Sorry the picture isn't clearer.  I was taking it with my cell phone through plexiglass.

This evening we'll be having the sister missionaries over who are also assigned to the branch.  We'll be attending a Branch Missionary meeting via Video Conferencing.  There will be branch missionaries from all over the state attending.  Don't you just love technology?  You can't even go to the Alaskan Bush to hide from your calling!

Sunday, September 13, 2015

Not too much to report in the last couple of weeks.  The work continues, especially for Sister Taylor.  It seemed like this week she was on the phone with missionaries, doctors, Missionary Medical in Salt Lake and parents for about 16 hours a day. (Maybe a slight exaggeration.)  That's in addition to house calls and attending doctor's appointments with various missionaries.  On Wednesday, we made a house call at about 8:00 AM for an elder that messed himself up in morning sports;  attended the temple with some of the missionaries in the morning;  worked in the office in the afternoon;  made the hour drive to Wasilla for an appointment at 5:00 PM (finished at 7:00);  took the elders out to dinner afterward; drove home and found two more elders waiting in the driveway for us.  While they were there, a second pair of elders showed up.  Getting them all taken care of, we finally got to sit down and take off our shoes at about 9:30 PM.  Probably would've been later, but they have to be home at 9:30 PM.  And in the handbook it says that senior missionaries - us old people, you know - aren't required to maintain the same schedule as the young missionaries.  Right!  If they're up and about, we're up and about.  But we do love our young missionaries.  They're awesome!

There was just a skiff of snow on the highest elevations around us again this morning but I'm sure it's gone by now.  Last night it got down to about 37 degrees - fall is in the air and winter can't be far behind! Although it's been raining the last couple of days, today is brilliantly sunny and the temperature looks like it's going to peak out at about 56 degrees.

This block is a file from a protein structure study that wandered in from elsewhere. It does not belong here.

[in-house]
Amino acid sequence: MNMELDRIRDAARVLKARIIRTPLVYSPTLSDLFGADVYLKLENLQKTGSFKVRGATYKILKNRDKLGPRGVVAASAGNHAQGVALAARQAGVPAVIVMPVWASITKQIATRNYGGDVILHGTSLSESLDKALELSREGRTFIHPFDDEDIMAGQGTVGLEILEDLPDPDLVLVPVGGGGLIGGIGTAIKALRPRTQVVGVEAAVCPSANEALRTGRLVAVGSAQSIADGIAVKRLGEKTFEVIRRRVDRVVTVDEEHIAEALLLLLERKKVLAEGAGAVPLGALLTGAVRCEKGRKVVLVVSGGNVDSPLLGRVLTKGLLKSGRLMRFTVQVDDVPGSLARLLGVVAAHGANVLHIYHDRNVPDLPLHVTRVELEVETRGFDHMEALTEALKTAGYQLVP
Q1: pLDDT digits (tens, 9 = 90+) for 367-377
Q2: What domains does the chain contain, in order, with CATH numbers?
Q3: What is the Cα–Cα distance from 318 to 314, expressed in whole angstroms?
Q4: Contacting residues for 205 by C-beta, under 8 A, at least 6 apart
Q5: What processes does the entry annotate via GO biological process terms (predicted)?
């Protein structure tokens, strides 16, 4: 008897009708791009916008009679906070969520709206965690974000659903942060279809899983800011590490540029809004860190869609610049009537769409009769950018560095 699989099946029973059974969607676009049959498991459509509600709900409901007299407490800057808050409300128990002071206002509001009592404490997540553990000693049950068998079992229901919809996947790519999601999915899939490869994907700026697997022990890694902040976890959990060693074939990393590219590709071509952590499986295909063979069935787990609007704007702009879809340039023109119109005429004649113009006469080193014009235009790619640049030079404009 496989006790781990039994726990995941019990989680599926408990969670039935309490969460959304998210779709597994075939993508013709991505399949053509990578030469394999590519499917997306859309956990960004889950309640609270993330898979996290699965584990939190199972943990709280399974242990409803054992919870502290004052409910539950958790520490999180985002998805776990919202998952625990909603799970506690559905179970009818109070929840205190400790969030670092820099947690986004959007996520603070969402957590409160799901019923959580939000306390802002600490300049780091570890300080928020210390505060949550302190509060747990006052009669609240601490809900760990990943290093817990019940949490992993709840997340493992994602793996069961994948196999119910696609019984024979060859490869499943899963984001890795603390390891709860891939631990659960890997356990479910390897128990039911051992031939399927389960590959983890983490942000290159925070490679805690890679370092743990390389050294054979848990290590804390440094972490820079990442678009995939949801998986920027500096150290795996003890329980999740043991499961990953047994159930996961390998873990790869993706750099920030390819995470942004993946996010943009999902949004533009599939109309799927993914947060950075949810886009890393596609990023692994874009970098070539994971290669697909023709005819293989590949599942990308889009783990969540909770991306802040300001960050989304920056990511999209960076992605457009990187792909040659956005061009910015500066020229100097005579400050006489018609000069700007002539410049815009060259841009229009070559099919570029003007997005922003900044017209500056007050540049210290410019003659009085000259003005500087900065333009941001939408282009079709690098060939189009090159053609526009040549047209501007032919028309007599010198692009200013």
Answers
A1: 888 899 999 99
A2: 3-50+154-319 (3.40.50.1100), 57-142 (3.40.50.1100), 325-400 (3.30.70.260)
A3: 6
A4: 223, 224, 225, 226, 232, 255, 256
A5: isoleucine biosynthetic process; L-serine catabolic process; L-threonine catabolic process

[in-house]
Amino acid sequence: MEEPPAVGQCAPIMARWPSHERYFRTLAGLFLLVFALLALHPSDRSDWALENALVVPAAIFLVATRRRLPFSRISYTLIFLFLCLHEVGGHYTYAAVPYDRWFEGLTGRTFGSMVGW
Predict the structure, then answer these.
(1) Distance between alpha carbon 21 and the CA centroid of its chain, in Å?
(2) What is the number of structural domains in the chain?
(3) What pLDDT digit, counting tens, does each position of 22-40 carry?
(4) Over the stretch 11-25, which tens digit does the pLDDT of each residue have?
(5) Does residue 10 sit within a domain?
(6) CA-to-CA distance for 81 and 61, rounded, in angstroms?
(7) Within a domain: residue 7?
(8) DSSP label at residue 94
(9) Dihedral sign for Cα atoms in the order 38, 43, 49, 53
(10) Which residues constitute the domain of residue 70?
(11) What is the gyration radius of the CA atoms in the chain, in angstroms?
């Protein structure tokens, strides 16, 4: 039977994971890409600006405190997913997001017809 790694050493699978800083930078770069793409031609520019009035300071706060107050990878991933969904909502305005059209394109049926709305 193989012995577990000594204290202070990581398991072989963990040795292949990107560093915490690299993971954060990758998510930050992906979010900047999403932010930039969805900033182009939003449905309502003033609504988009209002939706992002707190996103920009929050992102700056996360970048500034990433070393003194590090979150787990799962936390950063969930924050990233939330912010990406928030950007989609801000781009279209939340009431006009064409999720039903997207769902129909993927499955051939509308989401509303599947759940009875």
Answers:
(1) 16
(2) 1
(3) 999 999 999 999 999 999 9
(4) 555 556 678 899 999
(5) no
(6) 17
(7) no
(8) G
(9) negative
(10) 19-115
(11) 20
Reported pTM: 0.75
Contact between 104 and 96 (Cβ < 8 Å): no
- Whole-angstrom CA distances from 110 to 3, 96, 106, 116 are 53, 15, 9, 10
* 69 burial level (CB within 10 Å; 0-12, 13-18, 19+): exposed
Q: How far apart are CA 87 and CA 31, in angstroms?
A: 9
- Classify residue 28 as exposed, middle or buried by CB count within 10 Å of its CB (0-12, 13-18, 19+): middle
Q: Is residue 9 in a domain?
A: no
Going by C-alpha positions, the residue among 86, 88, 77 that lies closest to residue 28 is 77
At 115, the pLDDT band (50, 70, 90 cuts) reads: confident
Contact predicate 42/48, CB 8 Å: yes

It changed from summer to fall very quickly here.  All of a sudden the air was cooler and the leaves all turned in about a week's time.

But there is always the bit of beautiful countryside to see and the occasional flock of Sandhill Cranes or Canada Geese gathering themselves together in preparation for traveling south.  And we still see the occasional Trumpeter Swan, looking regal as it glides among the reeds and other lesser

The decision was made to close the mission office on Labor Day (so that the senior missionaries could 'rest from their labors') so we took the afternoon and went to last day of the Alaska State Fair in Palmer.  It was very nice with the usual displays of produce, livestock and crafts, along with a rodeo, heavy equipment contests, native dancing and a medieval Jousting Tournament.  Of course, there were the obligatory carnival rides, food vendors and myriad other opportunities to buy what you don't need and won't ever use.  Generally an enjoyable way to waste away an afternoon.  The weather was cooperative and we had a good time.  We forgot to take the good camera, so here are a few of the snapshots we took with our cellphones.

A "wall" of Sweet Peas around one of the garden areas just inside the main gate.

In the center hub of the various pathways through the fairgrounds they had this large round garden area.  It was built entirely of vegetables and herbs and represented three gardeners working in their garden.
Check out the "flannel shirt" on this guy.

The Mat-SuValley is the only real agricultural area in Alaska.  Athough their growing season is short, they grow some incredible produce.  This year there was a problem with the pumpkin contest and the only one they had there was this
 965 lb. behemoth.  We understand that most years they are more like 1200-1300 lbs.

It is said that you can sit in the cabbage fields and actually hear the cabbage grow.  You can hear the leaves squeak against each other as they grow.  See that one in the middle?  A closeup is below.

106 pounds!!!  This beastie weighs more than several of my grandkids!

This beet was grown by a 4H student.  Pretty good, huh?

In the crafts exhibit hall they had some nice woodwork,  These are for all the woodworkers in the family.

A quilted ceremonial robe.

And the usual amount of silliness - these are knitted hair/beards/etc., of the dwarves from The Hobbit.

We didn't take many photos of the chickens, rabbits, sheep, cows, llamas, etc., but I couldn't resist this monster tom turkey.  I don't think I ever seen one quite like him.  And check out all those ribbons.

We enjoyed watching a bit of the native dancing performance.  These ladies were really enjoying themselves and would make faces at the kids in the audience and break out laughing between numbers, etc.  It was fun to watch.

A happy note to end on for this week.  Love to all!

Elder & Sister Taylor